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Los Angeles Basin's Ecological Landscaping Options are Diverse

The Los Angeles Basin is rich with micro habitats...

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The Los Angeles Basin is rich with micro habitats:
  • Coastal Bluffs -- where the mountains meet the coast
  • South Coastal Scrub and Chapparal -- inland, drier and inland mountains
  • Valley Floors -- Oak woodlands and grassland
  • Rivers -- Riparian corridors along streams, creeks and rivers
  • Desert -- inland, dry and high temperature swings

The Oak Woodland landscape in the Old Town of Los Gatos incorporates a natural oak woodland garden. Planting beds between the sidewalk and parking lot requires zero summer water. These easy-care natives provide habitat for local bird species and replicate the natural community of the area. The understory planting complements the existing heritage oaks.

These urban California microhabitats provide regional landscape designers with a rich palette of color, texture and ecologically sound plants and techniques. "Between 1500 and 2000 California natives are suitable for landscaping. We currently have about 250 available in nurseries. We have an amazing palette of creative, ecologically-sound landscaping awaiting us!"

The California Native Gardening Foundation is one of Alrie's passions. "This foundation is charged with bringing those 1500-2000 native plants into the landscape market. As more variety becomes available, more native landscaping will flourish...and we'll be able to match plants to their local habitats more easily." It takes an "artistic mentality" to accept change readily. Having an expansive palette of color and texture and beauty is very motivational!

Landscapers have a design fudge factor, especially in transitional areas. But the cost of fudging is more labor, more water, higher stress on plants due to climate struggles and disease. The result is also a shorter lifespan for the plants.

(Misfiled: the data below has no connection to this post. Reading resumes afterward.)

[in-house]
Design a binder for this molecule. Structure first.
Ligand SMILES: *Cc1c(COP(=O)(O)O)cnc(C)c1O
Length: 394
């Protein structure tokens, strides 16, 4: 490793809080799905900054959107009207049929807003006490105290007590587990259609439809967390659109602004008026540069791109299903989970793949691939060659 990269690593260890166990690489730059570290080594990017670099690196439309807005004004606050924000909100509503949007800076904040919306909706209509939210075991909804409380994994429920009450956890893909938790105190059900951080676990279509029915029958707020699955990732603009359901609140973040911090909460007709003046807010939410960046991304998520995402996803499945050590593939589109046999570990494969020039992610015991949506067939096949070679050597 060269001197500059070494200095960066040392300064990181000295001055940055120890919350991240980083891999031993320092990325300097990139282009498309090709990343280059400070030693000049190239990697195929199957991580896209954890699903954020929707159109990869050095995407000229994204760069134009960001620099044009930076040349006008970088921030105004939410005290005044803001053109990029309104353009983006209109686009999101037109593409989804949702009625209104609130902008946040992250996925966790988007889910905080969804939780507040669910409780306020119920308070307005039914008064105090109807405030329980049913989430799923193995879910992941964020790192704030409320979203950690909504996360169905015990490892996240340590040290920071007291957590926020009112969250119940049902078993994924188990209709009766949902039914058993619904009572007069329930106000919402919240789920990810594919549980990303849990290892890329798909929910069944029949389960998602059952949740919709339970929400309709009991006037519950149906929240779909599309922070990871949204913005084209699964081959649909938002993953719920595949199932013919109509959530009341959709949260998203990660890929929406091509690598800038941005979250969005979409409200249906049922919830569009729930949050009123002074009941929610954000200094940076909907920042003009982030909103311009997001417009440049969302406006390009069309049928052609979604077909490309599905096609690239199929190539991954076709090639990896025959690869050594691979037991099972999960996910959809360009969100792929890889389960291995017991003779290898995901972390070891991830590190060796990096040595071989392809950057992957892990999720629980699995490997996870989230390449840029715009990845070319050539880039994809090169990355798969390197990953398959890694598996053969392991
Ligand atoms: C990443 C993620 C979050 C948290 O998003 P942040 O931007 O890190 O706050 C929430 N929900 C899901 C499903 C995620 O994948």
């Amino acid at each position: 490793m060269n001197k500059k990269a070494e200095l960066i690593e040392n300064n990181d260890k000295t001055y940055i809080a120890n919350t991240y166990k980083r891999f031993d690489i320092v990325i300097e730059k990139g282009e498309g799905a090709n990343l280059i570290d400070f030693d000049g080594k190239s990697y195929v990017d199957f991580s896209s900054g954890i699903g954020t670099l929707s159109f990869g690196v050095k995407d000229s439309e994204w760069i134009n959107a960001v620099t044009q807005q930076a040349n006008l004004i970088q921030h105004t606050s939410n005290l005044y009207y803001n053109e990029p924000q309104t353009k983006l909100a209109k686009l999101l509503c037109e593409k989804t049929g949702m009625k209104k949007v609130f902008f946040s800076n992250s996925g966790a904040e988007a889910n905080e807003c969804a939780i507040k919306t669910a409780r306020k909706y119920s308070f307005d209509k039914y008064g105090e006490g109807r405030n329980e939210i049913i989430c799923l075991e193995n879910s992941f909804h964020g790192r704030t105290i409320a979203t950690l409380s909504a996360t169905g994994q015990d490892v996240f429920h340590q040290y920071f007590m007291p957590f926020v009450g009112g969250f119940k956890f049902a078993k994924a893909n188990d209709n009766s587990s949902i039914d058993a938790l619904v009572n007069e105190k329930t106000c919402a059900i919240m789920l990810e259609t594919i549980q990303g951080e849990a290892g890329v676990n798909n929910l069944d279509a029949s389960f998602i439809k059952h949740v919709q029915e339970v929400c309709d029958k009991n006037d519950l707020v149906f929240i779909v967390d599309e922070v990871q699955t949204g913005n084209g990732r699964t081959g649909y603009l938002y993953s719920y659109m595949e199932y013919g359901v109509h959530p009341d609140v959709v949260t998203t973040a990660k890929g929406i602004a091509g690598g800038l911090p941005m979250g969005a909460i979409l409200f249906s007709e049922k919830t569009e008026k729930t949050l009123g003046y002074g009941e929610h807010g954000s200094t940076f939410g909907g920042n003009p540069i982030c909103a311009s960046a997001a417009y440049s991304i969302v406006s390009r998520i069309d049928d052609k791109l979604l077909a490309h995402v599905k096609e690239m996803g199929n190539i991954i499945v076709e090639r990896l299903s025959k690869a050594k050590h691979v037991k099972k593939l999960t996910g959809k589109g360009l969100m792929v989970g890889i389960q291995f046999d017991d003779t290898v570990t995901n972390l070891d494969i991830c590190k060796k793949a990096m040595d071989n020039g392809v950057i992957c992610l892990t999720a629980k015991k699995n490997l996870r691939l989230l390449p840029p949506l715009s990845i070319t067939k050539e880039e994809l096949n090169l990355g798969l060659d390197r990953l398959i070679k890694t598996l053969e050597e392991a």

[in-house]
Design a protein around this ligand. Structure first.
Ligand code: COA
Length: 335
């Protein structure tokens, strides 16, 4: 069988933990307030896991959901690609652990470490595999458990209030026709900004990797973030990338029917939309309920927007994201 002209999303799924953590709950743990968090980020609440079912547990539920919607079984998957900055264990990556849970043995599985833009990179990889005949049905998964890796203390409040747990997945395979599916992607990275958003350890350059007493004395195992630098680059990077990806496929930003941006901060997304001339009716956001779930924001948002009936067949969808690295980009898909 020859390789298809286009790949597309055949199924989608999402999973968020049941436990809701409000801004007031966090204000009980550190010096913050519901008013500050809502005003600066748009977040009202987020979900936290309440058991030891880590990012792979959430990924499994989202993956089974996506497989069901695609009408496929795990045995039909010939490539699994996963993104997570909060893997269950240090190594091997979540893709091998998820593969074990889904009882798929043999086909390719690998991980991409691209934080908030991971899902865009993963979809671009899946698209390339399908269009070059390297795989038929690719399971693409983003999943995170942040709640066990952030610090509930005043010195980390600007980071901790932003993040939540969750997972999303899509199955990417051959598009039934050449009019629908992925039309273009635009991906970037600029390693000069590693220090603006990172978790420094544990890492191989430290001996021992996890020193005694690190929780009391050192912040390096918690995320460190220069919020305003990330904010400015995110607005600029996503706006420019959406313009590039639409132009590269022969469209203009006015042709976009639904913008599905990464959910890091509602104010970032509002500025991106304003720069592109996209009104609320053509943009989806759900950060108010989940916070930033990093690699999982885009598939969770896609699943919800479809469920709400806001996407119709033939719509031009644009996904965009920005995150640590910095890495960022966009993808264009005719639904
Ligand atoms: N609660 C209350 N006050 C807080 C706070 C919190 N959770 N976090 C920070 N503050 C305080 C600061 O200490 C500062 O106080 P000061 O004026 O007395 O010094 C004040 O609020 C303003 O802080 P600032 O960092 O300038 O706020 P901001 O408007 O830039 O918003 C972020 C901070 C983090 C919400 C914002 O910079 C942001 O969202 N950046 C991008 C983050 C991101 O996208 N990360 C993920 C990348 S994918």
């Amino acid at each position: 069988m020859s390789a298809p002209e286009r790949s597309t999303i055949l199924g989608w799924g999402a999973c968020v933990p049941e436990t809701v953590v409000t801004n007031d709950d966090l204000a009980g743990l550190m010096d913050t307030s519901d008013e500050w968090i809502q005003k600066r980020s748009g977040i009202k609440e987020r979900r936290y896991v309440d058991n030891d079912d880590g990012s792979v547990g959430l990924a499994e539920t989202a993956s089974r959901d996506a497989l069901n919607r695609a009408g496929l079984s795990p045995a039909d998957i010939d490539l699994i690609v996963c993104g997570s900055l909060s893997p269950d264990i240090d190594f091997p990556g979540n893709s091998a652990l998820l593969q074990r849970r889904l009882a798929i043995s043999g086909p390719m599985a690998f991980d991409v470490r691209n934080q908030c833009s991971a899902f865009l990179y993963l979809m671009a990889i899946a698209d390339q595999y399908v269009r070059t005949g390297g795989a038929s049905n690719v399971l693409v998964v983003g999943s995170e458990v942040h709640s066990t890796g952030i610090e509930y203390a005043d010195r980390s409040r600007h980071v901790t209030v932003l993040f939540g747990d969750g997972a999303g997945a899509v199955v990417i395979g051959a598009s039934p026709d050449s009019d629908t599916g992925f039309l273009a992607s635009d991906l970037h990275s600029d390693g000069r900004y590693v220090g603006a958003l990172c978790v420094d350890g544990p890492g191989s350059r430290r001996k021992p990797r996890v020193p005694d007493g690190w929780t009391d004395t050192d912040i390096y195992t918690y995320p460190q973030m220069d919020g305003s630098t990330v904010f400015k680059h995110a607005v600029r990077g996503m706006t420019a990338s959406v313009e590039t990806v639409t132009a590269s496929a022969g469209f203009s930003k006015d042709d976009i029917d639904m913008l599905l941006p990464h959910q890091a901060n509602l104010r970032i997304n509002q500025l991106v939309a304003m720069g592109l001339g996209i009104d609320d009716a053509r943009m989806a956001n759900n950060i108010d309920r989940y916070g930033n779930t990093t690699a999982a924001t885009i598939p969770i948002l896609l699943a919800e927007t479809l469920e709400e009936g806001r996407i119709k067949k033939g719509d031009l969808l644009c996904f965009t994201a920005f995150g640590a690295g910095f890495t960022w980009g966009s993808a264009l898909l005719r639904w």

In Los Angeles County's San Fernando Valley, you don't have to water a mature landscape of Oak, Grassland or Chapparal landscapes except during droughts. However, additional summer water is required in this microclimate for Riparian or Coastal layouts.

Over-design is common in landscaping. Many landscapers over-plant and over-design landscaping for commercial reasons. They will "stage" a landscape to provide that lush, tropical look that attracts uninformed customers. "That's not being a responsible global citizen," says Alrie Middlebrook, an experienced native plant garden designer. "It's responsible to think about the environment and about the labor required to maintain the landscapes."

The Difference Between Drought-Tolerant and "Ecology-based Landscaping"

Alrie Middlebrook has traveled to all five of the world's "Mediterranean Ecosystems" and she knows that many of those plants will grow in California. But she has also learned that what "works" isn't necessarily what's best for us.

"Every locality has an intertwined population of wildlife, plants and weather systems...among other things. When you introduce foreign plants -- even when they are drought-tolerant -- into a local ecologically balanced system you decrease the food and shelter available to native wildlife -- and subsequently the entire food chain as you crowd out the native plants. You also run the risk of introducing "invasive" plants that grow rampantly without their natural enemies to keep them in-check. Ecological planning reflects the natural ecology of the specific, micro-site.

"All life on earth is based on plant communities! That's what ecology is...an organized ecological SYSTEM. The basis for all life on earth is the plants. Plants are the source of food, shelter, soil quality, water absorption, air filtration, water filtration and storage...all the natural system functions. We want to have healthy habitat! Everything is based on the evolution of the plant community -- it provides food for all the creatures in it -- including humans."

Sources for information about ecological gardening are available at 50 native plant nurseries across California, as well as a network of native plant research and education centers such as

  • The California Native Plant Society (CNPS.ORG),
  • The California Native Garden Foundation (CNGF.ORG)
  • Theodore Payne Foundation (theodorepayne.org),
  • And local water districts such as the Metropolitan Water District of Southern California(bewaterwise.com).

CONTACT:
Alrie Middlebrook, President
Middlebrook Gardens
76 Race Street
San Jose, CA 95126
(408) 292-9993
www.middlebrook-gardens.com
www.losethelawn.com

Edited by Carolyn Allen
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